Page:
Tuesday, 27 November 2007

The Salvation Syndrome

Since I tagged yesterday's post with "Salvation Syndrome", I will have to explain what I mean by that.

Well, I've been wondering for quite a while what it might be which makes people in crisis believe psychiatry were an institution established and maintained in order to help THEM, while it seems quite obvious to me that this institution was established and is maintained only and solely to help everyone else than the person in crisis. That it was established and is maintained in order to help protect society from disturbed (by society) and, far more important, disturbing (society) elements.

Among other reasons, which I will return to in a future post, I arrived at what I called "Salvation Syndrome" - for once making use of an almost psychiatric categorization and terminology. I hope, I will be forgiven!

To illustrate the concept, I'll quote from a reply to my own contribution to the ect-debate - actually my debut at the Danish users-magazine "Outsideren" - that ran in the magazine some time ago. My, rather nasty, remarks in brackets.

"The psychiatrist on duty didn't know me, but so did the charge nurse. The psychiatrist considered me to be ordinarily sad (incredible! "Ordinarily sad"! How CAN he!) and was ready to send me home. The charge nurse, though, didn't like my condition and wanted to observe me for 24 hours (yah, the charge nurse KNEW K., and KNEW what K. needed and desired). Soon it showed that I was developing a manic delirium,..." (It was a close one, but thanks to the charge nurse, K. anyway was admitted entrance to the holy halls of psychiatric power, where she hastened to display all signs, i.e. "symptoms", necessary to qualify for salvation, i.e. "treatment", and thus was redeemed from having to go through her personal version of the profoundly human, though also, admittedly, painful and saddening experience of facing feelings of inner emptiness and meaninglessness.)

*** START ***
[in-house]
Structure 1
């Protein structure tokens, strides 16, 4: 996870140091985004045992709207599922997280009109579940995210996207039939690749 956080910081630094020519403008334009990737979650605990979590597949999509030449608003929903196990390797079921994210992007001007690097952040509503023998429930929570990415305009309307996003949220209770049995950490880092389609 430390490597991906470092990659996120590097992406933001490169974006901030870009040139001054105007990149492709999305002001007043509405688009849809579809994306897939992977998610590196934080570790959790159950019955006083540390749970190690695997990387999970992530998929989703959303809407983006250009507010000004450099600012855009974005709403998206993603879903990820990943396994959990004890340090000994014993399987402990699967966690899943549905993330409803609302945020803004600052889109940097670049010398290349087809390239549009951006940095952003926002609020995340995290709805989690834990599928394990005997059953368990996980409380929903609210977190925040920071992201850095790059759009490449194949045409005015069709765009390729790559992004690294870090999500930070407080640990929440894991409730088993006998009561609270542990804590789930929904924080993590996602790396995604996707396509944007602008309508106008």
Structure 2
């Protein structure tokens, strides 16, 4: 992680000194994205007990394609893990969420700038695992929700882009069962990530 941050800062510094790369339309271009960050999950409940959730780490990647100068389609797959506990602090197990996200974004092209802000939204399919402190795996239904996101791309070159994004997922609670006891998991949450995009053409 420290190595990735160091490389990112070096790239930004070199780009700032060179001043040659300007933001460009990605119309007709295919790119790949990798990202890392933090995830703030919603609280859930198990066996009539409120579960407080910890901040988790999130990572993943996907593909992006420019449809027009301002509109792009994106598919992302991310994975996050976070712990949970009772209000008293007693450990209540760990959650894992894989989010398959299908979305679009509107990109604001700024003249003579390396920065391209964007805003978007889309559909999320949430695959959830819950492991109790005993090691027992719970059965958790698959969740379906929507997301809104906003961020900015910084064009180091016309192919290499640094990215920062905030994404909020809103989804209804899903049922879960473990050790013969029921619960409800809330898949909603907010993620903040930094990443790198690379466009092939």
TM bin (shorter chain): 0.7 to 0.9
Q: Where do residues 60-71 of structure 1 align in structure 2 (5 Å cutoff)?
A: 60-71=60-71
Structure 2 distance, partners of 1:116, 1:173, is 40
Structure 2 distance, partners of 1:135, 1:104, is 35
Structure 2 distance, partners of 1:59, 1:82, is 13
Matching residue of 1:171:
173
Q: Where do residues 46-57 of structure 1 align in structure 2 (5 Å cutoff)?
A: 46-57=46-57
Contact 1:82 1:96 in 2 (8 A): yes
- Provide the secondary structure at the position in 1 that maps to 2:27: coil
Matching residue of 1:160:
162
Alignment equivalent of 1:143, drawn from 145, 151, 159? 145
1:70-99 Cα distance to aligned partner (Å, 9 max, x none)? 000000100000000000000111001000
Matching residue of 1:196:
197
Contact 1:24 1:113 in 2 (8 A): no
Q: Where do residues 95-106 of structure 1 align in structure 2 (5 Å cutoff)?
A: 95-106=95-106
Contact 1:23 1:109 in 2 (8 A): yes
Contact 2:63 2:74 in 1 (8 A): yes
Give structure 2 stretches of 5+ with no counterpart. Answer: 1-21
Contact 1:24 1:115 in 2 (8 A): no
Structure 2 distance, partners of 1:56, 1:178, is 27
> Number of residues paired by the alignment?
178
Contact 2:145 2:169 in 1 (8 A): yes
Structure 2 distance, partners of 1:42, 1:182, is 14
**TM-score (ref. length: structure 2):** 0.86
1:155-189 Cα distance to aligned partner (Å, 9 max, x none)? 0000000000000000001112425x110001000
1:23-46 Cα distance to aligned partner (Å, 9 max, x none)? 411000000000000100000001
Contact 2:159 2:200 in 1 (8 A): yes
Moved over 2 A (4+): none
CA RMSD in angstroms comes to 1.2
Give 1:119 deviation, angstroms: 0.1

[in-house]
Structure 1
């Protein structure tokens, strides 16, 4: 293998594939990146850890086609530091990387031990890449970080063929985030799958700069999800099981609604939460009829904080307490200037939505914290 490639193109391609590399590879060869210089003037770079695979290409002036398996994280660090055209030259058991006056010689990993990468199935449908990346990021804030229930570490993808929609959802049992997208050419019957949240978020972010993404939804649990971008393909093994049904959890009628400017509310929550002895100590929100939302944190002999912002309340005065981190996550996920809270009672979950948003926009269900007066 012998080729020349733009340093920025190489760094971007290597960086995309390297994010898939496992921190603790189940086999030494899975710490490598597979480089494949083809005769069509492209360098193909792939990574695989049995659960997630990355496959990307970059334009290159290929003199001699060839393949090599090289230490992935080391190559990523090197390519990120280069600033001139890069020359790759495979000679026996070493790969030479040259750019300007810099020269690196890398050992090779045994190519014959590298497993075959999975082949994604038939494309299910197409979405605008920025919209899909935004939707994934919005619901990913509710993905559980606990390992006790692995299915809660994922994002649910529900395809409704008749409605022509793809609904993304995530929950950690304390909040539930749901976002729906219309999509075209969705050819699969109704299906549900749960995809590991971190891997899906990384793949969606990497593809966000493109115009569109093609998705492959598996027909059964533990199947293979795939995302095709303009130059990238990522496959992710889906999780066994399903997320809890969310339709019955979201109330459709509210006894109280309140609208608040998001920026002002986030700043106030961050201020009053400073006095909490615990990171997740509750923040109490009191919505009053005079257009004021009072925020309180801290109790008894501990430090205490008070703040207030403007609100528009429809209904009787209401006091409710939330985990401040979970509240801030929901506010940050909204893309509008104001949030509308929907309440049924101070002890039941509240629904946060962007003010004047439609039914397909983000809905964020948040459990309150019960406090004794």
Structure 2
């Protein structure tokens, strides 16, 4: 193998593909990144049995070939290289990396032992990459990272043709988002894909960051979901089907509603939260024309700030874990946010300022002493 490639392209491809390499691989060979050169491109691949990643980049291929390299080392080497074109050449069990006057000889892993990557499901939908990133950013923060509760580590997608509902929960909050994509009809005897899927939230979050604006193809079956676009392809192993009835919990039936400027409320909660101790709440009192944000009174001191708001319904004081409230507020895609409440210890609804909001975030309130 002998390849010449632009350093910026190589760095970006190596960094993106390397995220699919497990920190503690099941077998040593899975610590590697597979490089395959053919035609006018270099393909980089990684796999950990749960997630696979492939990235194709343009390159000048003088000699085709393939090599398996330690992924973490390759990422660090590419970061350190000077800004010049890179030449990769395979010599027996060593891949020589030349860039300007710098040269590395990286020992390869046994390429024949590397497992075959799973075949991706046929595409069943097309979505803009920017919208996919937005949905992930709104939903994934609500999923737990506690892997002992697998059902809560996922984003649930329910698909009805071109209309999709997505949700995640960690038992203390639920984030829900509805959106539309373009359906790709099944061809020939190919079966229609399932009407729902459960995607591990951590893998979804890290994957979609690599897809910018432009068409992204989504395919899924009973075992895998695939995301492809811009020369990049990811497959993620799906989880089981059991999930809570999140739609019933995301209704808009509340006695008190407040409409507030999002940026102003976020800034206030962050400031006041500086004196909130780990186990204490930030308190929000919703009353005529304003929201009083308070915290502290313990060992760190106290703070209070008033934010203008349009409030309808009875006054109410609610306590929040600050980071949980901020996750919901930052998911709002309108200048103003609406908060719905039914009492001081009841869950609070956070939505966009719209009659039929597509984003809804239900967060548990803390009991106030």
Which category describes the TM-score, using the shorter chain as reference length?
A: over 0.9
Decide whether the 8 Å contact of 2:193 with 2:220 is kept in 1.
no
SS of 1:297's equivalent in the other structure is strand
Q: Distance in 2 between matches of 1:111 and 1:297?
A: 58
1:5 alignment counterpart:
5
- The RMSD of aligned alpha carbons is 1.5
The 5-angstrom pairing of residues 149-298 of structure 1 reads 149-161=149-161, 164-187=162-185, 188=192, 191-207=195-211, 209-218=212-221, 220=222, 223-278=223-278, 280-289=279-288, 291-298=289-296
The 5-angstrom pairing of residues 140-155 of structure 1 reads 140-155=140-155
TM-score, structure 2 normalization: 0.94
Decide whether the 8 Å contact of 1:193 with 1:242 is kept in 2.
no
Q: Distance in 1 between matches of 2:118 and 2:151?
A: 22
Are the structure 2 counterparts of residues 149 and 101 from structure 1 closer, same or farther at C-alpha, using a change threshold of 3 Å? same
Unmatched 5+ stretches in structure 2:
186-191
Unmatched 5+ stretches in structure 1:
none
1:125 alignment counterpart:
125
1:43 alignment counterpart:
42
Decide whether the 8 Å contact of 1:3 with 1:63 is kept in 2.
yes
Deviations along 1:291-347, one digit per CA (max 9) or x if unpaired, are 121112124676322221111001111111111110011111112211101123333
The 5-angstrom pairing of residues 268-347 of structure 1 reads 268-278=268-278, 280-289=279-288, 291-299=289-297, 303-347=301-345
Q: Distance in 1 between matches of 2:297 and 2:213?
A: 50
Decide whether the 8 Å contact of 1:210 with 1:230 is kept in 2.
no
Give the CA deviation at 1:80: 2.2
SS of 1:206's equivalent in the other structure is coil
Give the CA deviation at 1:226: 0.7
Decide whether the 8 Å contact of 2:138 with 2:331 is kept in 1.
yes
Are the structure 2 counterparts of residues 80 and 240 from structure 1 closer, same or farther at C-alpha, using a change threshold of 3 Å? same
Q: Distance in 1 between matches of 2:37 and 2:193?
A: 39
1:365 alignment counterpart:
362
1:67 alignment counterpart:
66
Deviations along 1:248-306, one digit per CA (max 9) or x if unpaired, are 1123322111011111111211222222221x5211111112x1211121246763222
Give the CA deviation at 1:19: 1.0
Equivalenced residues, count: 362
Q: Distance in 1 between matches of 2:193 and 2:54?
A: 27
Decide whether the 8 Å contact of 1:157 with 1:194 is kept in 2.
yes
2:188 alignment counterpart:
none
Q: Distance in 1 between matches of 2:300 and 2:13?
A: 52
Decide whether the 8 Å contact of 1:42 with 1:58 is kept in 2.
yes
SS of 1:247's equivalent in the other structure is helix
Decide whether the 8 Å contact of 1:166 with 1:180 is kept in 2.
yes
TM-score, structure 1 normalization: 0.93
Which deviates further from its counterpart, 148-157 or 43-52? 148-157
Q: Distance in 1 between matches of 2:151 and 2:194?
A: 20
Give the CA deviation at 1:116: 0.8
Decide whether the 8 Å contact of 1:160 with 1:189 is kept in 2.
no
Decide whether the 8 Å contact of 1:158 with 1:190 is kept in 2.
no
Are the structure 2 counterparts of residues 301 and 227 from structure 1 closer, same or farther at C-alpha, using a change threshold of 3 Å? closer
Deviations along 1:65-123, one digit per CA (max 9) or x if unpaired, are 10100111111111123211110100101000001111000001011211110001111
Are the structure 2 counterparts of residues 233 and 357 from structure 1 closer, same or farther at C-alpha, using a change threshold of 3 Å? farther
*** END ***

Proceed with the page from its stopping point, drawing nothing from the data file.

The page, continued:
There you've got it: the Salvation Syndrome, or: "Save me from having to be an aware and responsible human being!"

In fact, I've never observed a choice of words more related to salvation than K.'s. "Half-unconcious as I was, I nevertheless heard the confidence inspiring voice of nurse F. and the whistling of the air in the corridors that felt like swan wings to my cheek", K. describes being taken to the ect-room. A strangly artificial and almost biblically picturesque language.

Well,as suggested above, I don't doubt that K. was sad, deeply sad, and in real great pain when she went to the psych emergency. But unfortunately, K.,too, during earlier contact with psychiatry had bought into its pseudo-solutions to her sadness and pain as the only possible and valid ones. Just as people accept the advertising industry's message, that you can become a personality by buying an "Invita"-kitchen, achieve freedom by a wireless i-net connection, or experience real life by having a Coke, they accept psychiatry's message that you can escape having to deal with your emotional and existential problems, that you can escape having to be a human being by buying into its diagnoses and "treatments". What all these messages fail to tell you, is that their pseudo-solutions for your needs and desires, because of their temporary as well as alienating nature, inevitably will create an ever greater need and desire inside you that will make you ever more dependent on the puffed goods. All the while you are told that the growing pain, the growing emptiness and meaninglessness you feel because your needs and desires never really are satisfied, is due to a chronification of your "mental illness" and thus requires even more goods, i.e. diagnoses and "treatment": Have another Coke, or two, or three... and be saved, once more.

K. ended up receiving 11 ect-"treatments" in one week. She's convinced that it "saved her life". Today, she is one of psychiatry's and ect's fiercest advocates in Denmark, giving lectures "about the course of the illness ("bipolar disorder") and electrostimulation's effectiveness", and she's been asked to write a book about her experience. The Danish Kitty Dukakis.

I don't doubt that ect saved something for K. But I'm not at all sure, if this something was her life.

1 comment:

Anonymous said...

"There you've got it: the Salvation Syndrome, or: "Save me from having to be an aware and responsible human being!"

simply awesome, You have some real gems on your blog from before I was reading it M.

I know a guy whose depression simply vanished after sliding off icy roads into a tree. A concussion with minor amnesia was all it took to 'cure' his 'illness'.

Perhaps he should write a book about the wonder of head trauma and the curative powers of a brain injury.

Maybe Pdocs can set up a crash test vehicle that will accelerate patients into a wall for those that don't 'respond' well to ECT.